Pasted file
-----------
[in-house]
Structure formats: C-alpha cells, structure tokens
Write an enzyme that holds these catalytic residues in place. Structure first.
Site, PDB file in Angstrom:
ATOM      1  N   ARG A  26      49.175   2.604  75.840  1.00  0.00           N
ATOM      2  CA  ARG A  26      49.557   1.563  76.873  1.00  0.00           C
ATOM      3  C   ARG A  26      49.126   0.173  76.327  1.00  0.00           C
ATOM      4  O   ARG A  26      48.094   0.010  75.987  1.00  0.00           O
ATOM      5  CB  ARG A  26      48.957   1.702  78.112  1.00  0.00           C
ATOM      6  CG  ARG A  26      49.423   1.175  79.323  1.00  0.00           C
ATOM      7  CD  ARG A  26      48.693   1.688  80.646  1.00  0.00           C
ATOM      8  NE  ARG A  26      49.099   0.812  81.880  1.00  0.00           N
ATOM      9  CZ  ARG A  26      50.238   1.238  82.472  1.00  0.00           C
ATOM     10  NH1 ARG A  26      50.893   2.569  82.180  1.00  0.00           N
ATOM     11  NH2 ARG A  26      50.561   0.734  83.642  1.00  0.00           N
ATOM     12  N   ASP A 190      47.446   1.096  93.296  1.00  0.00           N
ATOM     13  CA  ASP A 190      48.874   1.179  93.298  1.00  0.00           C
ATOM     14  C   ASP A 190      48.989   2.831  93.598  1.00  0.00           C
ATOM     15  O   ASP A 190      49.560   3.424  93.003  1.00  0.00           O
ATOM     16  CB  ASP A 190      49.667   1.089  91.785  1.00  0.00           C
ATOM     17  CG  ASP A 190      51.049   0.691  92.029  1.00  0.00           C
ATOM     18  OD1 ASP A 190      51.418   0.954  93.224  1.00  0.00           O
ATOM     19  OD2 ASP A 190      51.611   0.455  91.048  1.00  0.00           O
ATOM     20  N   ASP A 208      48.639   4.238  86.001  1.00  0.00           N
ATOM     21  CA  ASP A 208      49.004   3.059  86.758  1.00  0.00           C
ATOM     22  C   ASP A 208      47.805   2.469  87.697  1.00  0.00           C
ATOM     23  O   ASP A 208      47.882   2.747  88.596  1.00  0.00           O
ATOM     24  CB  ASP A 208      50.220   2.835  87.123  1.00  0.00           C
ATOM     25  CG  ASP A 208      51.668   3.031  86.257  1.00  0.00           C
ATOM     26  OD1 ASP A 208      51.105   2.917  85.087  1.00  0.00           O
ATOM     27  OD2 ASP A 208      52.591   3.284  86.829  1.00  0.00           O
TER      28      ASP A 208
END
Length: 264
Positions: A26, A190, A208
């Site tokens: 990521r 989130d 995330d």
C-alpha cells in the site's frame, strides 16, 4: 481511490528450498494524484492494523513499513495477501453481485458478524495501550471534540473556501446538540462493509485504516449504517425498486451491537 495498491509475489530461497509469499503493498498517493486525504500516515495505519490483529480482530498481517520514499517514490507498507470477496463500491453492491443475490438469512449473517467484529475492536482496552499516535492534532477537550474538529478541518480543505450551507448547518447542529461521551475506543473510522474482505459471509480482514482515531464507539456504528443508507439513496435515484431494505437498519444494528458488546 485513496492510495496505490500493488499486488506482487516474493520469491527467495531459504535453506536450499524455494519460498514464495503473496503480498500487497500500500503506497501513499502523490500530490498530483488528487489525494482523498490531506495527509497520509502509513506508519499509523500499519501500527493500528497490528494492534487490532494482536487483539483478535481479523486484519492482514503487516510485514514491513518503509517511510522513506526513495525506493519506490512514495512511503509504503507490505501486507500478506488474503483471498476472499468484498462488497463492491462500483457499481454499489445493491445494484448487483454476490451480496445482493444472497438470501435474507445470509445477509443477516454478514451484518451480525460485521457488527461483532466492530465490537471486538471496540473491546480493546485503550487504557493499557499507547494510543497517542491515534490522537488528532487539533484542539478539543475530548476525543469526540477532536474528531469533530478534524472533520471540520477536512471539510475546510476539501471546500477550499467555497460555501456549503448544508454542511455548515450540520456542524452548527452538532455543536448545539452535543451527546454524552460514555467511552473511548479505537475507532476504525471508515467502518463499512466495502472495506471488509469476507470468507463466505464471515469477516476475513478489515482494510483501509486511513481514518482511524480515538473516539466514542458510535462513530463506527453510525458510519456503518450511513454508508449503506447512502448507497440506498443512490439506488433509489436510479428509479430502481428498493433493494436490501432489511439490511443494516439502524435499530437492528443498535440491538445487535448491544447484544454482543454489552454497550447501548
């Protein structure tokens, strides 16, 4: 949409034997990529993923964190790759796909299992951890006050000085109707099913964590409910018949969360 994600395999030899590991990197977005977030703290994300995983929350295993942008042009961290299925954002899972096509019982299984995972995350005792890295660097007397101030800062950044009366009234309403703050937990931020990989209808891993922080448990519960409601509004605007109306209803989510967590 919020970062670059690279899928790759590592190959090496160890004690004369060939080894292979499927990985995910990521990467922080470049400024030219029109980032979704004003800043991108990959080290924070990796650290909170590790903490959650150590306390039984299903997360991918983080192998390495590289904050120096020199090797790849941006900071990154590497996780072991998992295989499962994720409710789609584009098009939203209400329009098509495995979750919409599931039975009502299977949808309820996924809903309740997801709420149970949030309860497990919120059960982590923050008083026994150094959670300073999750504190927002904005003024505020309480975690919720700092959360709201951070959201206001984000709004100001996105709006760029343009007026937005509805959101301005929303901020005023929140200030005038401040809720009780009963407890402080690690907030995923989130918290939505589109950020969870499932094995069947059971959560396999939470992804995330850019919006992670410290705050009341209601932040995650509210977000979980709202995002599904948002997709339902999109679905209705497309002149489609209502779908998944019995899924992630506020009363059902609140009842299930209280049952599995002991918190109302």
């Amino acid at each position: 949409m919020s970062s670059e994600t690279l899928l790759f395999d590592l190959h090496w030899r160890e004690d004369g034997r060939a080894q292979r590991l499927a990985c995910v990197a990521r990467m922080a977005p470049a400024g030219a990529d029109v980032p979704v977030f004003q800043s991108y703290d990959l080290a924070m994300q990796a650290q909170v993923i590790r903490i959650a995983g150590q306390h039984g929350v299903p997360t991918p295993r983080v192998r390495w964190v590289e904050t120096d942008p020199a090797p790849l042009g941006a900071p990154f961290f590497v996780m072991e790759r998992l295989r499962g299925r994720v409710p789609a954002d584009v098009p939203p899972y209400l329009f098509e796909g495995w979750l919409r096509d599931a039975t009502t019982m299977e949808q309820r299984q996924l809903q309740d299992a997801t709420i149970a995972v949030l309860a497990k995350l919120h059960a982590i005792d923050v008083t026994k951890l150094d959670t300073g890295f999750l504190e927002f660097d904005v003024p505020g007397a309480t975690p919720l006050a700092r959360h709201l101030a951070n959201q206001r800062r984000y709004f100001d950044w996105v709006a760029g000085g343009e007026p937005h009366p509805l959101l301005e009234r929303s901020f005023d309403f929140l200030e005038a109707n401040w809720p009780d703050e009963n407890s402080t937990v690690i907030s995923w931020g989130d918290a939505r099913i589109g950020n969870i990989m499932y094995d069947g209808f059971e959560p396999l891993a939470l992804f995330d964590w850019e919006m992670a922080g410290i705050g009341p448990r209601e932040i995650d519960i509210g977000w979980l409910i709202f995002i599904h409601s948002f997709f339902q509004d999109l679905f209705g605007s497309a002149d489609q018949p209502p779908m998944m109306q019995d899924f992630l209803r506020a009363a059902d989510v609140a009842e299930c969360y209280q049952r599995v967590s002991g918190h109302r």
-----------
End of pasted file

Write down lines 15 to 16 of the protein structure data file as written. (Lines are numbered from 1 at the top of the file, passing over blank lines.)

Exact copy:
ATOM     11  NH2 ARG A  26      50.561   0.734  83.642  1.00  0.00           N
ATOM     12  N   ASP A 190      47.446   1.096  93.296  1.00  0.00           N